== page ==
Bowel Incontinence

Bowel incontinence, commonly referred to as bowel control problems, is the inability to hold a bowel movement until reaching a bathroom.

Bowel incontinence is the inability to control bowel movements. It's a common problem, especially among older adults. Accidental bowel leakage is usually not a serious medical problem, but it can seriously interfere with daily life.

Many effective treatments can help people with bowel incontinence. These include:

  • Medicine
  • Surgery
  • Minimally invasive procedures

Talking to your doctor is the first step toward freedom from bowel incontinence.

The most common cause of bowel incontinence is damage to the muscles around the anus (anal sphincters). Vaginal childbirth can damage the anal sphincters or their nerves. Anal surgery can also damage the anal sphincters or nerves, leading to bowel incontinence.

There are many other potential causes of bowel incontinence, including:

  • Diarrhea (often due to an infection or irritable bowel syndrome)
  • Impacted stool (due to severe constipation, often in older adults)
  • Inflammatory bowel disease (Crohn's disease or ulcerative colitis)
  • Nerve damage (due to diabetes, spinal cord injury, multiple sclerosis, or other conditions)
  • Radiation damage to the rectum (such as after treatment for prostate cancer)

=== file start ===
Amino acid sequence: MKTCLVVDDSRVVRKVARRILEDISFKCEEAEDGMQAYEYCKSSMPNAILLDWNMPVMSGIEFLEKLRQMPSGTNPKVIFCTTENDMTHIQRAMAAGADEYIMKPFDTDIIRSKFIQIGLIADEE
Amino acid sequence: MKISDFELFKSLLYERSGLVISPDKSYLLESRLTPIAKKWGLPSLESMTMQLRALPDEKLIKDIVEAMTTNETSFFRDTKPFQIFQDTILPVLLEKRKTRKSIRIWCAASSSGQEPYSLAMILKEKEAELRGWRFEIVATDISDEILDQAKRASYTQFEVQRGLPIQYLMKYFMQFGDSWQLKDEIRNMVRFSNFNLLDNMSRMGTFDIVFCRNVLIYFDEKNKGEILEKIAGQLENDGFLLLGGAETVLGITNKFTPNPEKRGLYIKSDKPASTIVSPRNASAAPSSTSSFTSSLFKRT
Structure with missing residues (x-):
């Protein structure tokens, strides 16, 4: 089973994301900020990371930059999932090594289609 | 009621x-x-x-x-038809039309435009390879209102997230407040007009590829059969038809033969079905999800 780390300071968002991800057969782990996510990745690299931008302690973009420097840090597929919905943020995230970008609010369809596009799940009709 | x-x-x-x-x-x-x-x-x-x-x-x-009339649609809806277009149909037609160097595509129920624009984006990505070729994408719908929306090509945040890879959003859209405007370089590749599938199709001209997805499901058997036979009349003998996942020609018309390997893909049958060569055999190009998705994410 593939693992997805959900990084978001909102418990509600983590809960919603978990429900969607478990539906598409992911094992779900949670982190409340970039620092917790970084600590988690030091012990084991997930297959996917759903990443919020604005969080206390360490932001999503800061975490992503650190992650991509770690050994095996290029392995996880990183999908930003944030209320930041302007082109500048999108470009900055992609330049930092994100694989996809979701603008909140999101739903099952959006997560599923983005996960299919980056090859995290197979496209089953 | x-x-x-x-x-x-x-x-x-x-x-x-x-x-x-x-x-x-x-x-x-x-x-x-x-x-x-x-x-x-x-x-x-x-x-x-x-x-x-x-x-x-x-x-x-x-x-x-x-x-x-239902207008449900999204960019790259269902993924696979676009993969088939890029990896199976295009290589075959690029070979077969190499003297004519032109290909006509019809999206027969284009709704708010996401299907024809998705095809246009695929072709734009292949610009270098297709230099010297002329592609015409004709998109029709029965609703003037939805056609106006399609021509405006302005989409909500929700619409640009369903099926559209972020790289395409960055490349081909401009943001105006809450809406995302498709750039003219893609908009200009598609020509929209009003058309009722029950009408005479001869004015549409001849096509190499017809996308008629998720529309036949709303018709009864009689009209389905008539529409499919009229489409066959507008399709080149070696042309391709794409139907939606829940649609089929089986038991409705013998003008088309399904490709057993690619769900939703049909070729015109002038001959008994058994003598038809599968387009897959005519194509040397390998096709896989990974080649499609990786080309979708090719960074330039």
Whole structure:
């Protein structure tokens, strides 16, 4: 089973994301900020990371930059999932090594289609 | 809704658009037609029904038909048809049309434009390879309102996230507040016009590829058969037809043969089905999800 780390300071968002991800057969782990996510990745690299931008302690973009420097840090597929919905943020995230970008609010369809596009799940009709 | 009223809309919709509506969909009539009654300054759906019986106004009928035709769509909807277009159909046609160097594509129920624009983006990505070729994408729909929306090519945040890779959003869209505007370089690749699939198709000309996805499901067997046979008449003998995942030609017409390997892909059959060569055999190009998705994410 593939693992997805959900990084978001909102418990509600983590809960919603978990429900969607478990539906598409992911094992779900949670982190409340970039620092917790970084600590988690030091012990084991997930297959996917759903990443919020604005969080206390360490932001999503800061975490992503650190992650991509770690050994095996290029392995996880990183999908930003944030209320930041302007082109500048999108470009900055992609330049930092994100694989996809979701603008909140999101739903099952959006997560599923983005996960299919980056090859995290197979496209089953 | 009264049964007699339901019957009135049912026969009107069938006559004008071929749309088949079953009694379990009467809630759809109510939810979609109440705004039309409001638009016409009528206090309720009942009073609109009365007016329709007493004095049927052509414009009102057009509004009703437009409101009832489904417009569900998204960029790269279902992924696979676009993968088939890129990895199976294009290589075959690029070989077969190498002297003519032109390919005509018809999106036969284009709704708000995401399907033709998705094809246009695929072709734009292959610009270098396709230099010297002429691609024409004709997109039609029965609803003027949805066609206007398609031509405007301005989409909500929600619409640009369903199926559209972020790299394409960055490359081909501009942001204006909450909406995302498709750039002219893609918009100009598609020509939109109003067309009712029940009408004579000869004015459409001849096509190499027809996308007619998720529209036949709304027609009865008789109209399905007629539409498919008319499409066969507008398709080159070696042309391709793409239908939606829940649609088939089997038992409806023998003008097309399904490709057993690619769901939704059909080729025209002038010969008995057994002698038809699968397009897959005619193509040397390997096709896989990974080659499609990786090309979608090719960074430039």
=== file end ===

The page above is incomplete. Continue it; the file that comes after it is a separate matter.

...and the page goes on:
• Cognitive (thinking) impairment (such as after a stroke or advanced Alzheimer's disease)

More than one cause for bowel incontinence is frequently present. It's also not unusual for bowel incontinence to occur without a clear cause.

Discussing bowel incontinence may be embarrassing, but it can provide clues for a doctor to help make the diagnosis. During a physical examination, a doctor may check the strength of the anal sphincter muscle using a gloved finger inserted into the rectum, this is referred to as a digital rectal exam. Other tests may be helpful in identifying the cause of bowel incontinence, such as:

  • Stool testing. If diarrhea is present, stool testing may identify an infection or other cause.
  • Endoscopy. A tube with a camera on its tip is inserted into the anus. This identifies any potential problems in the anal canal or colon. A short, rigid tube (anoscopy) or a longer, flexible tube (sigmoidoscopy or colonoscopy) may be used.
  • Anorectal manometry. A pressure monitor is inserted into the anus and rectum. This allows measurement of the strength of the sphincter muscles.
  • Endosonography. An ultrasound probe is inserted into the anus. This produces images that can help identify problems in the anal and rectal walls.
  • Nerve tests. These tests measure the responsiveness of the nerves controlling the sphincter muscles. They can detect nerve damage that can cause bowel incontinence.

Bowel incontinence is usually treatable. In many cases, it can be cured completely.

Recommended treatments vary according to the cause of bowel incontinence. Often, more than one treatment method may be required to control symptoms.

Nonsurgical treatments are often recommended as initial treatment for bowel incontinence. These include:

  • Diet
  • Medication
  • Exercises
  • Bowel training
  • Biofeedback
  • Surgery